The International Film Festival of India, now on here, usually becomes a flurry of activity on Day Two. One of the most important events yesterday was the opening of the Indian Panorama, a very important segment of the Festival that is very often neglected, sidelined and even forgotten. Two movies – a documentary and a feature – set the Panorama rolling.
Jaideep Varma’s Leaving Home is a haunting documentary of a music band, called Indian Ocean. A four-member team that has been around for 18 years in New Delhi, bound by sheer passion for music and amazing energy, it has released 30 songs that refuse to age. Absolutely unconventional, not conforming to any music industry norms, their songs and instrumental pieces are in many languages and sometimes dialects not easily understood. But, then, there is music and melody in them that just mesmerise you, as it did to me when I watched the film.As Varma says, "despite using a rock format with vocals, guitar, bass and drums (and tabla), the difficulty in slotting their music into any specific genre is indicative of their uniqueness. The fact that they sing in so many different languages (mostly Indian) and yet are tremendously accessible and catchy, suggests a lightness of touch only the greats can pull off
Varma has captured the essence and spirit of the band, with imaginative intercuts – often panning his camera with rare speed from one face to another. Yet, the information flows with clarity and engagingly. The editing is crisp, and ensures that nothing is lost or is even vaguely confusing.
And most importantly, he balances this energetic style with the right notes of patience. Varma lets each number play out fully, thereby getting, I am sure, even those deaf to music, hooked on to the Indian Ocean. Soon, the foot is tapping and the heart humming.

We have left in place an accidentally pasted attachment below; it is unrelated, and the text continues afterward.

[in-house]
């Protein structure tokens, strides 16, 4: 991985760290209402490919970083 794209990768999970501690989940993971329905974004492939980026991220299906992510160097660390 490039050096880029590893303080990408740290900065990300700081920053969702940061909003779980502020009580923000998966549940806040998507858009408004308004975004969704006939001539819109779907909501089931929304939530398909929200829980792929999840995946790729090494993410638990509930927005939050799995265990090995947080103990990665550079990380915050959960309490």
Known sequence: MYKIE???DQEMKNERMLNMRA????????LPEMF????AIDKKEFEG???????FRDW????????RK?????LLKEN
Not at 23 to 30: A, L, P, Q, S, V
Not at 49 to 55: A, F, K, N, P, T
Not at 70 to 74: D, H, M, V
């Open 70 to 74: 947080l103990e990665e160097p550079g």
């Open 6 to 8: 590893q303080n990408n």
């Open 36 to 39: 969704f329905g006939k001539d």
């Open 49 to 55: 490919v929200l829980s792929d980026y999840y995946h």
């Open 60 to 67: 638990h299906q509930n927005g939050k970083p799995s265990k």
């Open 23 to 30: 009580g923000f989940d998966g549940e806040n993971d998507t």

In contrast, the feature, Anant Narayan Mahadevan’s Mee Sindhutai Sapkal, strikes a somber note, tracing the spirit of a woman who braved extreme odds to win her battle. Based on the life of Sindhutai, who was also present at the screening, the movie is a powerful biopic of a Wardha woman, married at 12 and soon deserted by her husband, who accused her of having an affair. Forlorn and frustrated, the young girl notices a tree that has been axed, but still managing to give shelter and shade. The tree seemed to be mocking, Sindhutai, who was about to end her life, and her cowardice. It appeared to be telling her that her life, despite being shattered and broken (like the tree’s), could still serve humanity. Sinduthai begins a new journey, opening orphanages, and much later when her old husband turns up, she adopts him as well!
The Outside Drama
Outside the theatres, life was equally dramatic. As Mahadevan quipped, “there is more drama to be seen on the lawns of the Festival venue than inside the auditoriums”. Here are a few examples. Some delegates, a few claiming to be members of the Panorama Jury, found that they had no invites for the Panorama inauguration. It was only after their loud protests that the organising Directorate of Film Festivals stepped in and allowed them to get in.
At the National Film Development Corporation’s lunch at the Marriott Hotel here, the Joint Secretary (Films) of the Information and Broadcasting Ministry, was stopped at the gate by the burly security guard, who said that he was under strict instructions not to let allow anybody in. And, mind you, the Corporation, though an autonomous body, functions under the Ministry. Of course, the Secretary managed to get in, though after embarrassingly long moments. The lunch was part of the four-day Film Bazaar, organised by the Corporation.
Much as one would like to admire the rapid strides the Corporation has made in developing the Bazaar, getting a host of national and international celebrities to attend, it must, however, be said that small but annoying organisational glitches ought be addressed to make the Bazaar an even more pleasant experience.
The Chopra Censure
A disgusted Yash Chopra, veteran movie-maker and producer, lamented on the sidelines of the Bazaar that although the Film Festival was being held in Panaji for the sixth year in a row, the Goa Government had done precious little to uplift it. Initially inspired by Cannes, whose locale seemed so akin to Goa’s own sun and sand and sea, the Indian Festival is hardly on par with its French counterpart on the Mediterranean. All that Goa has managed to do in these six years is cosmetically copy Cannes. One of them is the Red Carpet, with a live band following the evening’s celebrities making their way into the venue.
Chopra made a strong plea for corporate sponsorships. “Only then can the Festival hope to become meaningful”, he added. Perhaps.
(Gautaman Bhaskaran has been watching IFFI for a quarter century)